This is my first instructable so please don't be too harsh.
I created this thermometer to be used in my college dorm room. As I had an air conditioner/heater that relied simply on a dial similar to that in cars (a red/blue wedge symbolizing more or less hot/cold) I wanted something more precise and reliable. I decided to make a thermometer that would visually show me the current temperature in the room. It uses a RGB LED to flash the current temperature read from a TMP36 sensor. The LED first flashes the Tens value of the temperature (ie 8 flashes for the 8 in the temperature 86) followed by flashing the Ones values (ie 6 flashes for the 6 in the temperature 86). The temperature is then read two minutes later. The amount of time between the flashes can be changed in the code to accommodate for individual desire. I used two minutes during initial testing but during actual use I found anywhere from 30 minutes or 1 hour was more useful. Also hitting the reset button on the Arduino would allow you to check the temperature at any time.
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Step 1: Gather Necessary Materials
This project does not require an insane amount of parts to be constructed.
1x Arduino Uno R3 micro controller
1x RGB LED
1x TMP36 Analog Temperature Sensor
3x 220 Ohm Resistors
7x Male to Male Connector Wires
The reason I decided to use connector wires was my desire to reuse any of the parts in another project.
Step 2: Connect the Pieces to the Arduino
The wiring is fairly straightforward and unless you'd like to permanently have this on a PCB board, requires no soldering skills. I have included a wiring diagram I created for this project. Three wires lead from the temperature sensor to the Arudino. One connects the temperature sensor to the analog input on the board A0, one to the 5v, and one to GND. Another three wires connect the RGB LED to the Arduino as well. The Red lead off the RBG is connected to the Digital 9 (PWM), the Green lead is connected to the Digital 10 (PWM) and the Blue lead is connected to Digital 11 (PWM) and the Ground lead is connected to GND. Pulse Width Modulation is required to control the brightness of the LED. All three color leads are connected to the board through a 220 Ohm resistor for each lead. This prevents any excess power flowing to the LED that may cause it to be damaged.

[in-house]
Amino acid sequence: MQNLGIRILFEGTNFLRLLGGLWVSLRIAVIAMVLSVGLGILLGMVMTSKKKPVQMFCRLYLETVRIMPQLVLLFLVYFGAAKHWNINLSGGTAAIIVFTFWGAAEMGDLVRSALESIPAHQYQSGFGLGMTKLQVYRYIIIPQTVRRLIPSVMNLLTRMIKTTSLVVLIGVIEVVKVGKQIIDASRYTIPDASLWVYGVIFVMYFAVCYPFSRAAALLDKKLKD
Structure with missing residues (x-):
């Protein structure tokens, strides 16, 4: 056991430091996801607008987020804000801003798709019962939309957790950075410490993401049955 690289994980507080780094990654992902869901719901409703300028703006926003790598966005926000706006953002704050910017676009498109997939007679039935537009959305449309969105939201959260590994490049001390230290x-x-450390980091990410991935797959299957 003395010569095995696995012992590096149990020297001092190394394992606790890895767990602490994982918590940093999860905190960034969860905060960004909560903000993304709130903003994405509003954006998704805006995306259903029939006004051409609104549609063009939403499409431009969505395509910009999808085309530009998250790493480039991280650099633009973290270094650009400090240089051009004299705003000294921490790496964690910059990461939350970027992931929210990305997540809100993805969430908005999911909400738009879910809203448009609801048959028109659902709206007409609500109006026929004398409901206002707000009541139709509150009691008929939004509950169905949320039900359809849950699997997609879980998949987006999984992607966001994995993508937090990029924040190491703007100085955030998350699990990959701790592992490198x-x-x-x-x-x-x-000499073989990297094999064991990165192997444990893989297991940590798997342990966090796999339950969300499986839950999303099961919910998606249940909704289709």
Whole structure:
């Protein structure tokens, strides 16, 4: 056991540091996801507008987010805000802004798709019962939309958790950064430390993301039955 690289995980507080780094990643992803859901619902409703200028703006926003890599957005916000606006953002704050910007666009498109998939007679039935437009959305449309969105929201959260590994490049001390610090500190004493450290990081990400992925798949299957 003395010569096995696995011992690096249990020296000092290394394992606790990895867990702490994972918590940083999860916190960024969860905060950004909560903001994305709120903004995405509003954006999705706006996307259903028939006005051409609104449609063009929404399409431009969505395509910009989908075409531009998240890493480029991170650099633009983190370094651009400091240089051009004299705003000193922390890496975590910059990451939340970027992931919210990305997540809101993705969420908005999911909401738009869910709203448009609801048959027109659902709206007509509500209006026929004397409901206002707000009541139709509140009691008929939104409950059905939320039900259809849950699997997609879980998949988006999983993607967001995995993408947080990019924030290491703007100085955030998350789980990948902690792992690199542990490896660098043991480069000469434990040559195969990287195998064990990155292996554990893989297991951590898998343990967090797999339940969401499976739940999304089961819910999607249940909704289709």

Step 3: Upload the .ino File
After all of the components are connected to the Arduino download and flash the RGBThermometer.ino. If all of the components are connected properly you should see the LED flash a different combination of colors. There are four possible colors that could flash. An example of what you might see is as follows:
If the temperature is 87 degrees F:
LED flashes Red 8 times
LED flashes White 7 times.
The first set of flashes will either be Red, Green or Blue to represent the Tens place of the temperature depending on the range of temperature.
If the temperature is between 119 and 80 degrees the LED will flash Red.
If the temperature is between 79 and 50 degrees the LED will flash Green.
And if the temperature is between 49 and 10 degrees the LED will flash Blue.
After the first set of flashes is complete the LED will then flash White to represent the Ones place of the temperature.
The LED is programmed to wait two minutes between the start of each temperature display. The program takes into account the independent amount of flashes each time the program is run so that it will always be two minutes regardless.
Step 4: RGB Thermostat Complete
Now that you have uploaded the sketch to your Arduino you have a fully functional RGB LED Thermometer. In the future I plan to add 12 more RGB LEDs to create a simple array to show a full digital display of the number rather than relying on counting the amount of flashes. The uses for this thermostat range anywhere from a simple room thermometer, or the code could be changed to provide an alert if the temperature reaches above a certain level.
Hopefully you enjoyed reading this and were able to follow along.
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Feel free to contact me with any questions or comments at email@example.com or through facebook.com/parker.daudt